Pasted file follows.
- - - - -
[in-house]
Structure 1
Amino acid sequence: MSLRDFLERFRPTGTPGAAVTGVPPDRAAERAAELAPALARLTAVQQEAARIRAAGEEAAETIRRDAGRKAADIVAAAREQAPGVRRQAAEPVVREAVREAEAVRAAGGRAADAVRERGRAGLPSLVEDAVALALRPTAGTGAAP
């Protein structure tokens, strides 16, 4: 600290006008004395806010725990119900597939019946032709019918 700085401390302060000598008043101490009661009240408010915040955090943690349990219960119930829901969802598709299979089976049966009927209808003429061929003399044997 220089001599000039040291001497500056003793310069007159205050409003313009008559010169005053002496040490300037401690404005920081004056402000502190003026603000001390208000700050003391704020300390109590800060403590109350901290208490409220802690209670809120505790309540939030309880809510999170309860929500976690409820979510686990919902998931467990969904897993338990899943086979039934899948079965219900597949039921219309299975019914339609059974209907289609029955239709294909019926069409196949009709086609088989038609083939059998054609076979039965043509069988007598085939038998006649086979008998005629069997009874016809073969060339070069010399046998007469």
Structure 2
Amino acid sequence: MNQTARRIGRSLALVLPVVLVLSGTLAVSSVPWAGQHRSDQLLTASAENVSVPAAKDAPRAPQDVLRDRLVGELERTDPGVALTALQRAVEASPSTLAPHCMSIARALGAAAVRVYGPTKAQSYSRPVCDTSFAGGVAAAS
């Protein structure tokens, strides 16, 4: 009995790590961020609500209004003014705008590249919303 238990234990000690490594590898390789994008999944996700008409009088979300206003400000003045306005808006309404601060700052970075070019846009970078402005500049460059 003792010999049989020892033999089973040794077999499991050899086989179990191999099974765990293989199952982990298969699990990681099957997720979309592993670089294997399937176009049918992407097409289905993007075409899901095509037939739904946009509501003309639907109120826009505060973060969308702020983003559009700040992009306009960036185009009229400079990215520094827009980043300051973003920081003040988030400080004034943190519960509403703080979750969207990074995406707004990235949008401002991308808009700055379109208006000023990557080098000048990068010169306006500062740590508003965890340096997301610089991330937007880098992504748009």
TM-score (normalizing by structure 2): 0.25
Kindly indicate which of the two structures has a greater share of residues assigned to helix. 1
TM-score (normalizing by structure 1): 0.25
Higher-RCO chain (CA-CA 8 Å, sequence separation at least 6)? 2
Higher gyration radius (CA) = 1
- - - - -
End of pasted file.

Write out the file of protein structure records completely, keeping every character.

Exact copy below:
[in-house]
Structure 1
Amino acid sequence: MSLRDFLERFRPTGTPGAAVTGVPPDRAAERAAELAPALARLTAVQQEAARIRAAGEEAAETIRRDAGRKAADIVAAAREQAPGVRRQAAEPVVREAVREAEAVRAAGGRAADAVRERGRAGLPSLVEDAVALALRPTAGTGAAP
């Protein structure tokens, strides 16, 4: 600290006008004395806010725990119900597939019946032709019918 700085401390302060000598008043101490009661009240408010915040955090943690349990219960119930829901969802598709299979089976049966009927209808003429061929003399044997 220089001599000039040291001497500056003793310069007159205050409003313009008559010169005053002496040490300037401690404005920081004056402000502190003026603000001390208000700050003391704020300390109590800060403590109350901290208490409220802690209670809120505790309540939030309880809510999170309860929500976690409820979510686990919902998931467990969904897993338990899943086979039934899948079965219900597949039921219309299975019914339609059974209907289609029955239709294909019926069409196949009709086609088989038609083939059998054609076979039965043509069988007598085939038998006649086979008998005629069997009874016809073969060339070069010399046998007469």
Structure 2
Amino acid sequence: MNQTARRIGRSLALVLPVVLVLSGTLAVSSVPWAGQHRSDQLLTASAENVSVPAAKDAPRAPQDVLRDRLVGELERTDPGVALTALQRAVEASPSTLAPHCMSIARALGAAAVRVYGPTKAQSYSRPVCDTSFAGGVAAAS
């Protein structure tokens, strides 16, 4: 009995790590961020609500209004003014705008590249919303 238990234990000690490594590898390789994008999944996700008409009088979300206003400000003045306005808006309404601060700052970075070019846009970078402005500049460059 003792010999049989020892033999089973040794077999499991050899086989179990191999099974765990293989199952982990298969699990990681099957997720979309592993670089294997399937176009049918992407097409289905993007075409899901095509037939739904946009509501003309639907109120826009505060973060969308702020983003559009700040992009306009960036185009009229400079990215520094827009980043300051973003920081003040988030400080004034943190519960509403703080979750969207990074995406707004990235949008401002991308808009700055379109208006000023990557080098000048990068010169306006500062740590508003965890340096997301610089991330937007880098992504748009």
TM-score (normalizing by structure 2): 0.25
Kindly indicate which of the two structures has a greater share of residues assigned to helix. 1
TM-score (normalizing by structure 1): 0.25
Higher-RCO chain (CA-CA 8 Å, sequence separation at least 6)? 2
Higher gyration radius (CA) = 1